30What is ultimately at stake is the fact that old theories, whether philosophical or not, should not automatically be considered outdated simply because they do not belong to our historical moment. On the one hand, the historical horizon of some past authors is still, to some extent, ours; on the other hand, the identification of new practical problems leads to the discovery of original theoretical territories which, even if they constitute something ‘new’, may still nevertheless be located in the past. Materialism, whether it arises from the philosophers who have claimed this label or the kinds of methods we discuss in this volume, does not imply a form of theoretical ‘presentism’ postulating that only contemporary theories can help us in the urgency of rethinking the present.

31 The history of materialism is full of controversies which involve both the materialist authors themselves as well as the insufficiently emancipatory dimension of certain so-called materialist theories and [p. 18]Beginning of page 18their uses. Rather than seeking to provide the final word, this volume aims at giving expression to the tensions and irresolvable polemics of the complex materialist discursive field. As such, we have aimed, above all, to show the multiplicity of paths, tools, and strategies that materialism both in the past and in the present offers to critically rethink political activity.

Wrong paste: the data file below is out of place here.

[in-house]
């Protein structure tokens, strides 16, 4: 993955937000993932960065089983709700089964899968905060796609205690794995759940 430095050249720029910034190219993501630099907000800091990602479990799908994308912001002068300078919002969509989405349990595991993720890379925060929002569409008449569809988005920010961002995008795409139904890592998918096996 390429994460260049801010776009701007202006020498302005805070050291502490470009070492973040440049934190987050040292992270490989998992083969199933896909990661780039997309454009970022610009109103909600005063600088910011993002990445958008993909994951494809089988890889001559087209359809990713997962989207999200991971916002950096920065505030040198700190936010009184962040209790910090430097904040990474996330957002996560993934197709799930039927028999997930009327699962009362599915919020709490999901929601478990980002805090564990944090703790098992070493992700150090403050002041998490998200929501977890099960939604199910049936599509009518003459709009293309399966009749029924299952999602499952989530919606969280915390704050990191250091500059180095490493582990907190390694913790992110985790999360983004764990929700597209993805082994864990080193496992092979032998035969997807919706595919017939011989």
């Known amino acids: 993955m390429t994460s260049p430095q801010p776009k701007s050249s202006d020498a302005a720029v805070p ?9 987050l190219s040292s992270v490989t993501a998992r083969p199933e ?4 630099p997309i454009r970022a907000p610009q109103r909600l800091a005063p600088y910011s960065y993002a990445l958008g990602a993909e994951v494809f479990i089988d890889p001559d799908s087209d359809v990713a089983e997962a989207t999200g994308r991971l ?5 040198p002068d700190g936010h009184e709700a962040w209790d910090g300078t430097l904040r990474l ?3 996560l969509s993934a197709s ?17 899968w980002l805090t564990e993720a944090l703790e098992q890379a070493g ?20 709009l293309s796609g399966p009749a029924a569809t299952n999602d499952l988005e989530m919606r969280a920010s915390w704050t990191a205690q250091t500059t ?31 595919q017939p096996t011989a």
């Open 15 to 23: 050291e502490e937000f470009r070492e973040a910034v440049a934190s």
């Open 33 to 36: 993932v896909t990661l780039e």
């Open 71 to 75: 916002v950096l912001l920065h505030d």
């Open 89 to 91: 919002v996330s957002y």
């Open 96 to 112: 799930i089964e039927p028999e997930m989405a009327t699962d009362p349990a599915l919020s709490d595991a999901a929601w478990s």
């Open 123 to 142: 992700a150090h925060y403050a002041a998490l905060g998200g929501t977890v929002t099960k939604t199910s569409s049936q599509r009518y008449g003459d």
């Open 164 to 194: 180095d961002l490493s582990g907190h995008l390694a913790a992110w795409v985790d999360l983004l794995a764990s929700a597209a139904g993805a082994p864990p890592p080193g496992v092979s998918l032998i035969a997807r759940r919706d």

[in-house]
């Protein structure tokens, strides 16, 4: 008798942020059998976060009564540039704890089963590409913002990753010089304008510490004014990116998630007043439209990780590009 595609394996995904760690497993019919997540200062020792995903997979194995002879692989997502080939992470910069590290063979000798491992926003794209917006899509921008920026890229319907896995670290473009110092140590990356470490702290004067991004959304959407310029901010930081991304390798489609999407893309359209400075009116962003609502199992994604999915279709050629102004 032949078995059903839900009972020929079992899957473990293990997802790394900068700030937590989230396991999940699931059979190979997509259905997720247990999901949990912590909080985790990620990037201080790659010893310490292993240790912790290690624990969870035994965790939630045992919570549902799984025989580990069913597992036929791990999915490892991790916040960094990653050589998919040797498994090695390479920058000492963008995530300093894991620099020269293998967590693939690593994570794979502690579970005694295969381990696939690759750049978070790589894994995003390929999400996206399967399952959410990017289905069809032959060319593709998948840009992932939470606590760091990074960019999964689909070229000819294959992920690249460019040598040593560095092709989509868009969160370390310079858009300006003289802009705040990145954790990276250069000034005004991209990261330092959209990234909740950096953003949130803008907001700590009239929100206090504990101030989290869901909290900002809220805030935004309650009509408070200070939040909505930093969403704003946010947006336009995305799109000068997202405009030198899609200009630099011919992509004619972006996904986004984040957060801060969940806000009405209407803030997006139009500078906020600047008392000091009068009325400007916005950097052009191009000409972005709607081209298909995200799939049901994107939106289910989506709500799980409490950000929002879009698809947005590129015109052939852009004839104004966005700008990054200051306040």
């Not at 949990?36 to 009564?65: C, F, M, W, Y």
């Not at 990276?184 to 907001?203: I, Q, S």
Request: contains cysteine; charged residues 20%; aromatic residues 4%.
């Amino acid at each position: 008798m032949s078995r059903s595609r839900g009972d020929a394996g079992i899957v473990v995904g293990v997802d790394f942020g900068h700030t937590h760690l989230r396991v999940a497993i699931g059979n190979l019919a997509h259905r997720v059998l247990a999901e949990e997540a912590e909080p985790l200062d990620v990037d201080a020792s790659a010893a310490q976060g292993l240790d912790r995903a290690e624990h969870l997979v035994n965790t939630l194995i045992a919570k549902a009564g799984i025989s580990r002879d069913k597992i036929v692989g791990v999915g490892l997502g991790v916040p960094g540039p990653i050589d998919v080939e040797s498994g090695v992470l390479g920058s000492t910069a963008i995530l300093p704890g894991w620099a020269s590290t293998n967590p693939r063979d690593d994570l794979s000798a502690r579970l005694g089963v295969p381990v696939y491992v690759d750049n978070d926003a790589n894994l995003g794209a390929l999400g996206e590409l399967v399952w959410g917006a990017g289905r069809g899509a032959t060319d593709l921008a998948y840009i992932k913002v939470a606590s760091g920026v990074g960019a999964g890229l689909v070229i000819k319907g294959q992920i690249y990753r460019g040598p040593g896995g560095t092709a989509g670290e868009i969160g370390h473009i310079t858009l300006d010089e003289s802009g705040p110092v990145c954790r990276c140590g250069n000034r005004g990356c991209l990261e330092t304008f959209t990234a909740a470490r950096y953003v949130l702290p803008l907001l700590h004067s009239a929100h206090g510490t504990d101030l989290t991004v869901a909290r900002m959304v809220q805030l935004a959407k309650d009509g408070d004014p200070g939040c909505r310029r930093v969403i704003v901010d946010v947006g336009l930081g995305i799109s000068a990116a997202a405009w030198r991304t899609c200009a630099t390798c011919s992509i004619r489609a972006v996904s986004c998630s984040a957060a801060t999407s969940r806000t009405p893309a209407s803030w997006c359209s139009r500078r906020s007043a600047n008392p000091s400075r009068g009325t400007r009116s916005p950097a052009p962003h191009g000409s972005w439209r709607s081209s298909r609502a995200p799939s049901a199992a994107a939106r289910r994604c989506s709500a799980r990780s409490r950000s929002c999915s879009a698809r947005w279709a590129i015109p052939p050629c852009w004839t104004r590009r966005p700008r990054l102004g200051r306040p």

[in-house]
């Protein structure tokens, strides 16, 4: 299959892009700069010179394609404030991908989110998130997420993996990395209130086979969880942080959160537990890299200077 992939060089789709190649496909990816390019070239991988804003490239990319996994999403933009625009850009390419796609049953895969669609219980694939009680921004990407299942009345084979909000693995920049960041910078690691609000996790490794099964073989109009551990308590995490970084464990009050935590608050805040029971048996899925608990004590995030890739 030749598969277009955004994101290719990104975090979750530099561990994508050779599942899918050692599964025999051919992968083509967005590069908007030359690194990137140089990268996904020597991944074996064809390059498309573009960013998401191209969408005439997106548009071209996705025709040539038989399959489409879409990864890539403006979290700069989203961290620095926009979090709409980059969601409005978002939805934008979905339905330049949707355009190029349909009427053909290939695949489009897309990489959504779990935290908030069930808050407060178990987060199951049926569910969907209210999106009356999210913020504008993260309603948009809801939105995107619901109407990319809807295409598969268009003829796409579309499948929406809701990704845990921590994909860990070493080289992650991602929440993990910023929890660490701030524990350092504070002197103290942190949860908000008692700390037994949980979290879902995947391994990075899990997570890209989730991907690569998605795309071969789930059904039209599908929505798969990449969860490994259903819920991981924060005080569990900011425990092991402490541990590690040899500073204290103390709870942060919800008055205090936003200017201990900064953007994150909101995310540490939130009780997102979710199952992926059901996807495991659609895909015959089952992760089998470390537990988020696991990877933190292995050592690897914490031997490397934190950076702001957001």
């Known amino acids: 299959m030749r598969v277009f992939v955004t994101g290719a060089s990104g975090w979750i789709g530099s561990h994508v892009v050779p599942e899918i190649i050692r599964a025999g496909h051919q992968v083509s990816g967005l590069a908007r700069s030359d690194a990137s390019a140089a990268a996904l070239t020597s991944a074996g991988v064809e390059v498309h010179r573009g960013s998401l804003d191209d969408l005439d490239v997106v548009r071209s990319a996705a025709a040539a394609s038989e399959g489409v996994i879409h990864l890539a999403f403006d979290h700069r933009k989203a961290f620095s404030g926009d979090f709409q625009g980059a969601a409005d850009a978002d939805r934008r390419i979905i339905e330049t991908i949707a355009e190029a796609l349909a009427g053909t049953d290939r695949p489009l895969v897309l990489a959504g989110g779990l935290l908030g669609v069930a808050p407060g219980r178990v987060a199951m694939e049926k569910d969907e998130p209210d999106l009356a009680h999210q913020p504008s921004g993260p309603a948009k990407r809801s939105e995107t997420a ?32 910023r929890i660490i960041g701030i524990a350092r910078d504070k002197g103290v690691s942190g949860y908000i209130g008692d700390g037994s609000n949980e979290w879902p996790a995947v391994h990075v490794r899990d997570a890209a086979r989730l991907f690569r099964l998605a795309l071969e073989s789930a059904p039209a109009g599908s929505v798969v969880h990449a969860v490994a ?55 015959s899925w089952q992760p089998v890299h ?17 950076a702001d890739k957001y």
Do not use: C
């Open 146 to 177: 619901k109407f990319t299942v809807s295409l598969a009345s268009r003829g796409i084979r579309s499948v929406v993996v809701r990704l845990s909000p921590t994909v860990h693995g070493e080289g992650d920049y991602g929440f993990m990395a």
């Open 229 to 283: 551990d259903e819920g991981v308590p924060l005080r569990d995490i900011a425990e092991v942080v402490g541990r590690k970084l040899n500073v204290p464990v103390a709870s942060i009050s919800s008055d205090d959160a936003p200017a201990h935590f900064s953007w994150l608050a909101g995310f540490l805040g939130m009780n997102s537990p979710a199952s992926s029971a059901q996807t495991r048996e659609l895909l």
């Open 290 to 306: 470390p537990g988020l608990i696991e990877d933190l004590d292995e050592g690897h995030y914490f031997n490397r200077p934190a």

Notes

  1. See, in particular, the collective volumes edited by Diana Coole and Samantha Frost, New Materialisms: Ontology, Agency, and Politics (Durham, NC: Duke University Press, 2010) as well as by Rick Dolphijn and Iris van der Tuin, New Materialism: Interviews & Cartographies (Ann Arbor, MI: Open Humanities Press, 2012). They both offer a genealogy of the expression ‘New Materialism’, as well as an overview of its authors and internal debates. According to the editors of the latter, the term appeared in the second half of the 1990s and was first used by authors such Manuel DeLanda and Rosi Braidotti, themselves echoing themes developed by Gilles Deleuze and Félix Guattari, Donna Haraway, and Bruno Latour. Among the most prominent and representative publications of this trend, we could also mention Karen Barad’s Meeting the Universe Halfway: Quantum Physics and the Entanglement of Matter and Meaning (Durham, NC: Duke University Press, 2007) and Jane Bennett’s Vibrant Matter: A Political Ecology of Things (Durham, NC: Duke University Press, 2010).